I'm not who I was.
Meet Hawk (daddy bird), Cactus (mama bird), Flappy Bird, Song Bird, & Chicken Wing, as named by my 8 year-old.
Break out of your shell.
You can’t finish what you don’t start. You might “crack” along the way, but press on. Some things need to be broken for strength to shine. Fear of vulnerability will leave you paralyzed and “blue”.
Kids look up to those who care for them to see what they could become.
Work together at investing in your children.
I’ve often observed both parent birds taking turns feeding the babies. Sometimes they did so together. This was difficult to capture because, although the birds got somewhat used to my presence from the other side of the kitchen window, it made them far more nervous to come around while I was outside, which is the preferable location for taking pictures. One morning I was exceptionally close (still inside) with Cheeks, who is much more wiggly than I am. Daddy Bird stopped in his tracks, mouth full of wriggly worms, eyes wide. Mama Bird sat firmly on her nest. Eventually, Daddy Bird gained enough confidence to go over to the nest, but instead of feeding the babies directly, the birds first worked together at pulling the worm into smaller bits in order to minimize the exposure of the little ones to the possible threat. There are “things” that our children need now, or will inevitably experience. These may be physical needs, knowledge, or circumstance. It is our job as parents to be the gatekeepers of our home… to filter what goes in so that what is received can be easily digested and put to nourishing use. We want our children to be functional, contributing members to society. But we have to be careful about what content we let in when and how much, otherwise the wrong timing or exposure could cause our littles to choke, or worse: be eaten alive in their moment of vulnerability.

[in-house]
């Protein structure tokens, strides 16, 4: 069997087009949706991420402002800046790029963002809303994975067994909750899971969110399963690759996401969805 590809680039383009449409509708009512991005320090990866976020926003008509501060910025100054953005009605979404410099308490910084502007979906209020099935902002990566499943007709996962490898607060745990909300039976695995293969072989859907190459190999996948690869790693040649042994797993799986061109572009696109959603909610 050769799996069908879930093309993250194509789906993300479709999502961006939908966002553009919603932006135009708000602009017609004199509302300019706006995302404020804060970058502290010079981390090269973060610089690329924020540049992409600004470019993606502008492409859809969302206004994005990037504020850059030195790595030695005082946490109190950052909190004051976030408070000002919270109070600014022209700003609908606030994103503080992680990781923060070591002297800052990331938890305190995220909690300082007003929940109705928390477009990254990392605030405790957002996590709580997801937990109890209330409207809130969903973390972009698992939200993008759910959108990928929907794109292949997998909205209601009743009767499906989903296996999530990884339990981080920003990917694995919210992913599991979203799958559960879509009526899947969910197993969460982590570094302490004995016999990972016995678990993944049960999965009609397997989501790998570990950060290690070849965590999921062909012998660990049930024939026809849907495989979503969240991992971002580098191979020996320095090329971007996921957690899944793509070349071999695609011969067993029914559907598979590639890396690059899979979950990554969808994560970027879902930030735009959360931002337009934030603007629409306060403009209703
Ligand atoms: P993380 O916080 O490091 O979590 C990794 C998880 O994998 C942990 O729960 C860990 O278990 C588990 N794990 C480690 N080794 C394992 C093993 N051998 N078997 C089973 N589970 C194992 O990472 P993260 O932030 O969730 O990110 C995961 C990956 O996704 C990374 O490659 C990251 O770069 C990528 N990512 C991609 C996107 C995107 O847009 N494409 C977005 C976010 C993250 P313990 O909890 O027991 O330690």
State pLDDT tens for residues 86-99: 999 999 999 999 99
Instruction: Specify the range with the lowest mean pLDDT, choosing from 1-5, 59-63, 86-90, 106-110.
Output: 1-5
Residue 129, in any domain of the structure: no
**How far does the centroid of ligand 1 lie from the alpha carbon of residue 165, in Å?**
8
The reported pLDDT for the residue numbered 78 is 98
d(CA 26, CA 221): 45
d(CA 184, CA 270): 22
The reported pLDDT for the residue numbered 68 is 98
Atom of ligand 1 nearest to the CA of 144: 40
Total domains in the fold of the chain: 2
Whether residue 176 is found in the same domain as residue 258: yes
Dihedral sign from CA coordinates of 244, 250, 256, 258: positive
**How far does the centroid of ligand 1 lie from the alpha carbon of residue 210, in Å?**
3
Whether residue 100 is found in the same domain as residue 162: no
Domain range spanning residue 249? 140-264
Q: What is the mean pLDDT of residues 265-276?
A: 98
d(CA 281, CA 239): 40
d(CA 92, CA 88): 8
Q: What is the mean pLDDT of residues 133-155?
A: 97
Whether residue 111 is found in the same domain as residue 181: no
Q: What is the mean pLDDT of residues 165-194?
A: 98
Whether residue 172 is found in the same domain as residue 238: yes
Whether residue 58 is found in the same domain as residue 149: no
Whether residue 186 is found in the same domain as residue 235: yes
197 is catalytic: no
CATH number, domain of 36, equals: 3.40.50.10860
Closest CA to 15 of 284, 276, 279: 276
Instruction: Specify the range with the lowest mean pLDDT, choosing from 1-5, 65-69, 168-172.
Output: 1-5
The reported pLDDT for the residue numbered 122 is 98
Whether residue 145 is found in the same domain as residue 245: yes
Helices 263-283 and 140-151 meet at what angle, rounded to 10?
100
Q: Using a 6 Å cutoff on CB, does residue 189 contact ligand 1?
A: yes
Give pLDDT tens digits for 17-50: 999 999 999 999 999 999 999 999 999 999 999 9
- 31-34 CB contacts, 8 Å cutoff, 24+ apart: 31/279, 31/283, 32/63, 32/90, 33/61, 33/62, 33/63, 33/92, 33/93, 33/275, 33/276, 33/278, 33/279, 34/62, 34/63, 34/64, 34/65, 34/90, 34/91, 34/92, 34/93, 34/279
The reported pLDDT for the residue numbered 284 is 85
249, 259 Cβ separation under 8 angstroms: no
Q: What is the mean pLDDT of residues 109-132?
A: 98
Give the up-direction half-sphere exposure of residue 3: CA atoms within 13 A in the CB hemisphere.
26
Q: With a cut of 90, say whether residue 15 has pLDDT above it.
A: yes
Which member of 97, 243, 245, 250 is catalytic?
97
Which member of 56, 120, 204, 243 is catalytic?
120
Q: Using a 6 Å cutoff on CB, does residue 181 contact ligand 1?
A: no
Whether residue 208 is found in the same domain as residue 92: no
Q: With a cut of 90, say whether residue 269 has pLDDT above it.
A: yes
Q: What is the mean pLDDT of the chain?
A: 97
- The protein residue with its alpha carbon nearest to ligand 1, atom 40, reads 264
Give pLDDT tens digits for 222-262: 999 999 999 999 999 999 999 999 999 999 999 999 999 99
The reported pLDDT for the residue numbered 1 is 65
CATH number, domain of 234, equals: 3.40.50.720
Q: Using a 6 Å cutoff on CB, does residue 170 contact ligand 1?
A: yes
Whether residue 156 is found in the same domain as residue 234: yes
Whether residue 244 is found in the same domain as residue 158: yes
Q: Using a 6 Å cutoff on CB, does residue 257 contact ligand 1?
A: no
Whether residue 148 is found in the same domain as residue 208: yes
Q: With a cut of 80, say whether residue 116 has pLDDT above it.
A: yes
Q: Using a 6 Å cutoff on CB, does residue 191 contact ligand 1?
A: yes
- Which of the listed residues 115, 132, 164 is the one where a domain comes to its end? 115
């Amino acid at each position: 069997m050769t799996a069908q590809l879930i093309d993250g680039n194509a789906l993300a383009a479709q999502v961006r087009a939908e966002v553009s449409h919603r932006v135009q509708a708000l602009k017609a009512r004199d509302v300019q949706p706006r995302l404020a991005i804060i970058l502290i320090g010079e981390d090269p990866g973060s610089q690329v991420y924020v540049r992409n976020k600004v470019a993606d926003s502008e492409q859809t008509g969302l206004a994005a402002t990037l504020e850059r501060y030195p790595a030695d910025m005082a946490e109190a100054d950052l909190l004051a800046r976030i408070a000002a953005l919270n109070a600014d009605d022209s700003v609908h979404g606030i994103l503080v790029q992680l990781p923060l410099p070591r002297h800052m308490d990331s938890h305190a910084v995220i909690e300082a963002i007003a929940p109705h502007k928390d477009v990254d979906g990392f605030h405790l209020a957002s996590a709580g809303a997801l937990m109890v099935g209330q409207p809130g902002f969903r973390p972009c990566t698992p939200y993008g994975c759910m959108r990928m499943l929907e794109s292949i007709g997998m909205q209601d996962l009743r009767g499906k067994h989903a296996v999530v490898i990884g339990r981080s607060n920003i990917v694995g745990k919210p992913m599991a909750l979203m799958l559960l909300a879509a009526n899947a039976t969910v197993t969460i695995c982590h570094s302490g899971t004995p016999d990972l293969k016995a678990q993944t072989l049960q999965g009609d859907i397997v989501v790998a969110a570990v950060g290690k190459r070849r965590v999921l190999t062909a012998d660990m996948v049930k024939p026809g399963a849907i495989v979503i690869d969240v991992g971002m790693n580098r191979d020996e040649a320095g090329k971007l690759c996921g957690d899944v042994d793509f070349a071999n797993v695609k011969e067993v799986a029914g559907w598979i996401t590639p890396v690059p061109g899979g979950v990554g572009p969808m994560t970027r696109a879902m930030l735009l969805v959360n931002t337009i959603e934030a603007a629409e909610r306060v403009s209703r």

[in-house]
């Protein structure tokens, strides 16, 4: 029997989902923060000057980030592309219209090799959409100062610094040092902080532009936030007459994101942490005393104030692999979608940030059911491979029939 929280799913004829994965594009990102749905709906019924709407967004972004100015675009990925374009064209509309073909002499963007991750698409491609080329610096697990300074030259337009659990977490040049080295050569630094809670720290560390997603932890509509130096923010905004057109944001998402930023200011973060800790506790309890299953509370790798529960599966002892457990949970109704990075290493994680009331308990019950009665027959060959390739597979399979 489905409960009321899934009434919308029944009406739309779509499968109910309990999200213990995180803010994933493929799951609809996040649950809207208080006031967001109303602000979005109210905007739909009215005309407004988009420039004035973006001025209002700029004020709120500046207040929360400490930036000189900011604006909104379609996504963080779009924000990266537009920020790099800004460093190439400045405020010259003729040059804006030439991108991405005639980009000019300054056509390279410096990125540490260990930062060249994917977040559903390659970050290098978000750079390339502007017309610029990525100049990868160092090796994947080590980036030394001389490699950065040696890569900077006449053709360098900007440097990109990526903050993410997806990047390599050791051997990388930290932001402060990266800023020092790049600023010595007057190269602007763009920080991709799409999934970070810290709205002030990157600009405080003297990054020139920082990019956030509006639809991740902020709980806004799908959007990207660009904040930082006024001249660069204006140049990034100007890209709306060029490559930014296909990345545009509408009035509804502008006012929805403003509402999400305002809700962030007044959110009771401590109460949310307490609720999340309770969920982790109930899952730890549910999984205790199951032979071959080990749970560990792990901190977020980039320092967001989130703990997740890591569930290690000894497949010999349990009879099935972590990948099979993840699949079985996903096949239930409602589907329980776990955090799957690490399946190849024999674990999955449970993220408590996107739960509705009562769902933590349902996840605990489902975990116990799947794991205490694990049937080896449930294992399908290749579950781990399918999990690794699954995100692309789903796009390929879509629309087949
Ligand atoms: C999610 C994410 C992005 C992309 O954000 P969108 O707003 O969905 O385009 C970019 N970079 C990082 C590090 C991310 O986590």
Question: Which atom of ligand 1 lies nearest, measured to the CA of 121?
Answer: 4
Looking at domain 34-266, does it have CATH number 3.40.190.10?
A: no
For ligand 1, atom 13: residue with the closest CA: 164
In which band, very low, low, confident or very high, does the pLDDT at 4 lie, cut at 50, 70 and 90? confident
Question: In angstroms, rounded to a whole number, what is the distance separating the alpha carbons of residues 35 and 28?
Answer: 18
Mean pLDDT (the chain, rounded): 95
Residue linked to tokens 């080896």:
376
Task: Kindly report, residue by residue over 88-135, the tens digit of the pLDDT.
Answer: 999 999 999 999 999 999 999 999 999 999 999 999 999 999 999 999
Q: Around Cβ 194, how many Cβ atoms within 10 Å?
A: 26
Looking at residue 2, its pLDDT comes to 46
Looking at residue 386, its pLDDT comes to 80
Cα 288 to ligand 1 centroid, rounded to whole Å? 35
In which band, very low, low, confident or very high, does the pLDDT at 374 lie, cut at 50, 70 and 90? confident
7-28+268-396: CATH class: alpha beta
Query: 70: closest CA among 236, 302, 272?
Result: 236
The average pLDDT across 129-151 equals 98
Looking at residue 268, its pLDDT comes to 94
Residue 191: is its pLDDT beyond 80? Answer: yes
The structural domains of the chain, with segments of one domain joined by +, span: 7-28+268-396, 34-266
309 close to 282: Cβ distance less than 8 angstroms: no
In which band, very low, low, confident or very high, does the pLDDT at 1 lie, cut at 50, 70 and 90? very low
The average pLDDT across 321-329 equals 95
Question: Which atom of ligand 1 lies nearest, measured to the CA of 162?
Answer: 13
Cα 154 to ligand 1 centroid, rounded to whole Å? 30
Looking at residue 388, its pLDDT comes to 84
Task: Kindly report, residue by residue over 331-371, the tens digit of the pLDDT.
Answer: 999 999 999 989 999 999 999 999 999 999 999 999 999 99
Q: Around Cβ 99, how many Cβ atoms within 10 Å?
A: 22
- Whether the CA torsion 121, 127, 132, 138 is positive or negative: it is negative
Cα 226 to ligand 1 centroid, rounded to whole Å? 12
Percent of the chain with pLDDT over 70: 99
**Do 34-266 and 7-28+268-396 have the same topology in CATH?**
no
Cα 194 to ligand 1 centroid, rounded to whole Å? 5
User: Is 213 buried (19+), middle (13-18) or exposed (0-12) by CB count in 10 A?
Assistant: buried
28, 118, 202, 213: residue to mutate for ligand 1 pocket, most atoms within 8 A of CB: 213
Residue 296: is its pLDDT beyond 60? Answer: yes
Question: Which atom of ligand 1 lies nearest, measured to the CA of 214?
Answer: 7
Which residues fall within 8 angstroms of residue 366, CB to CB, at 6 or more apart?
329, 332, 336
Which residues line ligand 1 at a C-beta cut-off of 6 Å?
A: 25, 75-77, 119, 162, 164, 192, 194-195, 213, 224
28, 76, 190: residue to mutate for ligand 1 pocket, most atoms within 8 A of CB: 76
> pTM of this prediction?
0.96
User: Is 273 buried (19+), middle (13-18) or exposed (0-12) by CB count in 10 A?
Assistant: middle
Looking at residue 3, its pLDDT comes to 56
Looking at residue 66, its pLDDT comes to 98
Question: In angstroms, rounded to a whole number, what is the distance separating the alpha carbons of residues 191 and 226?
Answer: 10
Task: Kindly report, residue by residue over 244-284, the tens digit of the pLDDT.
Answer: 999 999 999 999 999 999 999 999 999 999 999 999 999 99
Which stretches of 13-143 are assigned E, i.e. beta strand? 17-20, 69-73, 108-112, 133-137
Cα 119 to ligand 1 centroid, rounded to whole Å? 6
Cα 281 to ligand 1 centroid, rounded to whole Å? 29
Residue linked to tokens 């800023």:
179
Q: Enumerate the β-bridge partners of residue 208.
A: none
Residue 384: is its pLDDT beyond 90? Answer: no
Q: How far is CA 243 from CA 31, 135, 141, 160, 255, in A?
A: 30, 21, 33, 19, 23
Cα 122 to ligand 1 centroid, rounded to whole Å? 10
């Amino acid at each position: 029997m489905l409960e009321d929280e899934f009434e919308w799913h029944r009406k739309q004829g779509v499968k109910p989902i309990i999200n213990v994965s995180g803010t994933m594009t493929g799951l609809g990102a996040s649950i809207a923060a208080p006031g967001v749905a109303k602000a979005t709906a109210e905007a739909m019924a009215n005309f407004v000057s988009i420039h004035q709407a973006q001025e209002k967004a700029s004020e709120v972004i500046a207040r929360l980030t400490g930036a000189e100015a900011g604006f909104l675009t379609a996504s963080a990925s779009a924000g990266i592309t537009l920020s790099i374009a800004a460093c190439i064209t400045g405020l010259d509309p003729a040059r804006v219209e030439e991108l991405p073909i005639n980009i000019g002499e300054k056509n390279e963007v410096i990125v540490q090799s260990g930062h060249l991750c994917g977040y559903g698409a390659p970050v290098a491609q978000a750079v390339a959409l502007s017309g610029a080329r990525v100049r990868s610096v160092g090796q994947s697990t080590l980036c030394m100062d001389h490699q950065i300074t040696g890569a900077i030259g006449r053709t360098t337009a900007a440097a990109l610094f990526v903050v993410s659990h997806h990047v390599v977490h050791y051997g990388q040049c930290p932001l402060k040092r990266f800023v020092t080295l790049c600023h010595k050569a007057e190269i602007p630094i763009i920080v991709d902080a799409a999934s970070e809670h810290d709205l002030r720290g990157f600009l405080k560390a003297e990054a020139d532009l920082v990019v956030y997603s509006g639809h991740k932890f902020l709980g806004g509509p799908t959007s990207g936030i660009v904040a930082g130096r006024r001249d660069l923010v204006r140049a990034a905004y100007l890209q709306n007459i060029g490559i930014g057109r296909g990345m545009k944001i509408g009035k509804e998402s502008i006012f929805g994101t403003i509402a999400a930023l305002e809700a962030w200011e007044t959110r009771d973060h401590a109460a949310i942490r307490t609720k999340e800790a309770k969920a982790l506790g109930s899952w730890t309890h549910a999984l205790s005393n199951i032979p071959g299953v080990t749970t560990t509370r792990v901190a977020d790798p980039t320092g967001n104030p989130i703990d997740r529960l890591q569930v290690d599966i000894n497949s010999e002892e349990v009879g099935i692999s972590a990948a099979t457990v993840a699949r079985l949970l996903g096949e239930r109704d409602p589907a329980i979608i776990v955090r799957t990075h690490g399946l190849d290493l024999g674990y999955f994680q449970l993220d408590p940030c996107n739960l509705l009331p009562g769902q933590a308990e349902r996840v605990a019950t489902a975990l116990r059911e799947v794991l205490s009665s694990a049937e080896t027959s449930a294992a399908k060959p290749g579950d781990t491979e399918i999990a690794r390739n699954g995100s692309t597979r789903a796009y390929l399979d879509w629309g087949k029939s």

Be a shelter in the storm.
We experienced what many around here refer to as “Dogwood Winter”. After the dogwood trees bloom, there is often at least one cold snap. This cold snap had us from the low 80’s to the low 30’s in a day, and we even woke up to unseasonable fat flury flakes. But before the flurry flakes, there was strong wind and pounding rain. Mama Bird’s job was to sit.
Still, those babies had to eat. Daddy Bird helped. But occasionally mama bird still had to leave the nest… actually go out IN the storm and fight her way for provision.
Sometimes protecting those we love requires obedience in stillness. Sometimes it means being active in the storm and being our child’s best advocate. It’s important to know the difference, and this is sometimes the most difficult discernment as a parent.
Your kids may not always depend on you, but your investment is vital to their development. The nest is a significant part of development. But there comes a time when parenting skills need to be shifted in order to allow our children to flourish amidst their new-found responsibility.
Then you’re left with this:
In the words of my 8yo, “Even after they fly off, they still need their daddy & mommy’s help for awhile.”
And that’s all I’ll say about that. Because I don’t want to think about it. The days are long, but the years are short.
Last but not least, I’ll leave you with this little gem: I may be frustrated about constantly cleaning up after my kids, but at least I don’t have to physically eat their poop. Hallelujah.